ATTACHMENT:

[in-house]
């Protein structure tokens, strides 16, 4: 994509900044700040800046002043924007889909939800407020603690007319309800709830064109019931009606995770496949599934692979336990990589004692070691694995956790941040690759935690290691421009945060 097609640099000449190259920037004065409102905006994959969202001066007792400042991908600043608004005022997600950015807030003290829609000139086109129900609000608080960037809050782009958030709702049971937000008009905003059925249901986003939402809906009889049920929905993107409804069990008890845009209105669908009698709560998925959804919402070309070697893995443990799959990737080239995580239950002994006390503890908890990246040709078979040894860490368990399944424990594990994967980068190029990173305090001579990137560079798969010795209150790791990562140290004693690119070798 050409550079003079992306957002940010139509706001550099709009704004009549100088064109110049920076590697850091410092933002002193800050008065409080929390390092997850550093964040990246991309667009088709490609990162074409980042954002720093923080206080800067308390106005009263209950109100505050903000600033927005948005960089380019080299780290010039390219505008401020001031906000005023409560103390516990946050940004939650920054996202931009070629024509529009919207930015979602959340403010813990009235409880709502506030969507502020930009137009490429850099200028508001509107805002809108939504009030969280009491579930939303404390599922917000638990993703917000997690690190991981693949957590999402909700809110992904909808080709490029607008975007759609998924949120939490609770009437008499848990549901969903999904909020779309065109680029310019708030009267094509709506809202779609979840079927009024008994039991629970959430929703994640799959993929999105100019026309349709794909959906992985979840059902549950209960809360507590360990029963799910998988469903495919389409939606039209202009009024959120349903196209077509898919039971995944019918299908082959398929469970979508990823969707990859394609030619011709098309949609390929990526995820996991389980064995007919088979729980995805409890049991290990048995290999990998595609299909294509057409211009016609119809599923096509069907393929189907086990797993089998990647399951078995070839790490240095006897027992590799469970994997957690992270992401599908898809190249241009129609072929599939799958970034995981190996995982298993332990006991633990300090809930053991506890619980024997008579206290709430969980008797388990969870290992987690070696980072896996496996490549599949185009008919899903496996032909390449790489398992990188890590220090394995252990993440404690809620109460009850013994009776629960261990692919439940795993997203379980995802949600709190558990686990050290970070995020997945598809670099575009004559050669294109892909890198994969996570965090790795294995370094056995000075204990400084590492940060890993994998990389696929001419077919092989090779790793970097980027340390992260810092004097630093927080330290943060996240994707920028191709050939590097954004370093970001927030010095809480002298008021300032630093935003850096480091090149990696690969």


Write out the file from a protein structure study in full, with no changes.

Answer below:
[in-house]
């Protein structure tokens, strides 16, 4: 994509900044700040800046002043924007889909939800407020603690007319309800709830064109019931009606995770496949599934692979336990990589004692070691694995956790941040690759935690290691421009945060 097609640099000449190259920037004065409102905006994959969202001066007792400042991908600043608004005022997600950015807030003290829609000139086109129900609000608080960037809050782009958030709702049971937000008009905003059925249901986003939402809906009889049920929905993107409804069990008890845009209105669908009698709560998925959804919402070309070697893995443990799959990737080239995580239950002994006390503890908890990246040709078979040894860490368990399944424990594990994967980068190029990173305090001579990137560079798969010795209150790791990562140290004693690119070798 050409550079003079992306957002940010139509706001550099709009704004009549100088064109110049920076590697850091410092933002002193800050008065409080929390390092997850550093964040990246991309667009088709490609990162074409980042954002720093923080206080800067308390106005009263209950109100505050903000600033927005948005960089380019080299780290010039390219505008401020001031906000005023409560103390516990946050940004939650920054996202931009070629024509529009919207930015979602959340403010813990009235409880709502506030969507502020930009137009490429850099200028508001509107805002809108939504009030969280009491579930939303404390599922917000638990993703917000997690690190991981693949957590999402909700809110992904909808080709490029607008975007759609998924949120939490609770009437008499848990549901969903999904909020779309065109680029310019708030009267094509709506809202779609979840079927009024008994039991629970959430929703994640799959993929999105100019026309349709794909959906992985979840059902549950209960809360507590360990029963799910998988469903495919389409939606039209202009009024959120349903196209077509898919039971995944019918299908082959398929469970979508990823969707990859394609030619011709098309949609390929990526995820996991389980064995007919088979729980995805409890049991290990048995290999990998595609299909294509057409211009016609119809599923096509069907393929189907086990797993089998990647399951078995070839790490240095006897027992590799469970994997957690992270992401599908898809190249241009129609072929599939799958970034995981190996995982298993332990006991633990300090809930053991506890619980024997008579206290709430969980008797388990969870290992987690070696980072896996496996490549599949185009008919899903496996032909390449790489398992990188890590220090394995252990993440404690809620109460009850013994009776629960261990692919439940795993997203379980995802949600709190558990686990050290970070995020997945598809670099575009004559050669294109892909890198994969996570965090790795294995370094056995000075204990400084590492940060890993994998990389696929001419077919092989090779790793970097980027340390992260810092004097630093927080330290943060996240994707920028191709050939590097954004370093970001927030010095809480002298008021300032630093935003850096480091090149990696690969």